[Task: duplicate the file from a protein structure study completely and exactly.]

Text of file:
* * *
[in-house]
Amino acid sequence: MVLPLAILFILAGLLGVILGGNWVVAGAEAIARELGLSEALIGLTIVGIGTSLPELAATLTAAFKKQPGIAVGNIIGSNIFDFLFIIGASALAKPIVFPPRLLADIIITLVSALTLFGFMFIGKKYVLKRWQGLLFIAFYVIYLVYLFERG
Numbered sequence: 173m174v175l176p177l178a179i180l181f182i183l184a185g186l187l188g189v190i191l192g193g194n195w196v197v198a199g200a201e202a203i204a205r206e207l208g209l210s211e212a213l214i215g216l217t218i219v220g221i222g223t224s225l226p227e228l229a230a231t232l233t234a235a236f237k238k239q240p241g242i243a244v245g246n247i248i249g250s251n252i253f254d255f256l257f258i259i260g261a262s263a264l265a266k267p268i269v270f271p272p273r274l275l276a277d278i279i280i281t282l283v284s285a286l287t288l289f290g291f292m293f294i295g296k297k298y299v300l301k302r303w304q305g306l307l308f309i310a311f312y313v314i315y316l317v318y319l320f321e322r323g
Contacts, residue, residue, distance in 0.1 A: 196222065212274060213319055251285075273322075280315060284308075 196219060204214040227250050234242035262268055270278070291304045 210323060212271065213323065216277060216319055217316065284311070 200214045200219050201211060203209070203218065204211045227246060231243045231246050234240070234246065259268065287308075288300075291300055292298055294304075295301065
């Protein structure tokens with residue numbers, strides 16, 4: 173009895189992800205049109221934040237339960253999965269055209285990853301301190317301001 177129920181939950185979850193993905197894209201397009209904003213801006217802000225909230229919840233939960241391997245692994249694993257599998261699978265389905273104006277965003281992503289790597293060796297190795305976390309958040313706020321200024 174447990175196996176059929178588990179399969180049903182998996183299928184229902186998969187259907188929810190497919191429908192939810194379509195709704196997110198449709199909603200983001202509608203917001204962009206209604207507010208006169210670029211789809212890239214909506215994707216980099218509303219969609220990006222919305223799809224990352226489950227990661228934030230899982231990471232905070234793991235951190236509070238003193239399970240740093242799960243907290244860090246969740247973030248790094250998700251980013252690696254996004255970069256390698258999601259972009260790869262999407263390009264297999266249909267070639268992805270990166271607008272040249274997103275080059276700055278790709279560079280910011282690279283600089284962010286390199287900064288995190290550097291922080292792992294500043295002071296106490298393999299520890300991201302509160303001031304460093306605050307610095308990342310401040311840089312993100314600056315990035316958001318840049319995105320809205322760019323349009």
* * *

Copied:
[in-house]
Amino acid sequence: MVLPLAILFILAGLLGVILGGNWVVAGAEAIARELGLSEALIGLTIVGIGTSLPELAATLTAAFKKQPGIAVGNIIGSNIFDFLFIIGASALAKPIVFPPRLLADIIITLVSALTLFGFMFIGKKYVLKRWQGLLFIAFYVIYLVYLFERG
Numbered sequence: 173m174v175l176p177l178a179i180l181f182i183l184a185g186l187l188g189v190i191l192g193g194n195w196v197v198a199g200a201e202a203i204a205r206e207l208g209l210s211e212a213l214i215g216l217t218i219v220g221i222g223t224s225l226p227e228l229a230a231t232l233t234a235a236f237k238k239q240p241g242i243a244v245g246n247i248i249g250s251n252i253f254d255f256l257f258i259i260g261a262s263a264l265a266k267p268i269v270f271p272p273r274l275l276a277d278i279i280i281t282l283v284s285a286l287t288l289f290g291f292m293f294i295g296k297k298y299v300l301k302r303w304q305g306l307l308f309i310a311f312y313v314i315y316l317v318y319l320f321e322r323g
Contacts, residue, residue, distance in 0.1 A: 196222065212274060213319055251285075273322075280315060284308075 196219060204214040227250050234242035262268055270278070291304045 210323060212271065213323065216277060216319055217316065284311070 200214045200219050201211060203209070203218065204211045227246060231243045231246050234240070234246065259268065287308075288300075291300055292298055294304075295301065
């Protein structure tokens with residue numbers, strides 16, 4: 173009895189992800205049109221934040237339960253999965269055209285990853301301190317301001 177129920181939950185979850193993905197894209201397009209904003213801006217802000225909230229919840233939960241391997245692994249694993257599998261699978265389905273104006277965003281992503289790597293060796297190795305976390309958040313706020321200024 174447990175196996176059929178588990179399969180049903182998996183299928184229902186998969187259907188929810190497919191429908192939810194379509195709704196997110198449709199909603200983001202509608203917001204962009206209604207507010208006169210670029211789809212890239214909506215994707216980099218509303219969609220990006222919305223799809224990352226489950227990661228934030230899982231990471232905070234793991235951190236509070238003193239399970240740093242799960243907290244860090246969740247973030248790094250998700251980013252690696254996004255970069256390698258999601259972009260790869262999407263390009264297999266249909267070639268992805270990166271607008272040249274997103275080059276700055278790709279560079280910011282690279283600089284962010286390199287900064288995190290550097291922080292792992294500043295002071296106490298393999299520890300991201302509160303001031304460093306605050307610095308990342310401040311840089312993100314600056315990035316958001318840049319995105320809205322760019323349009």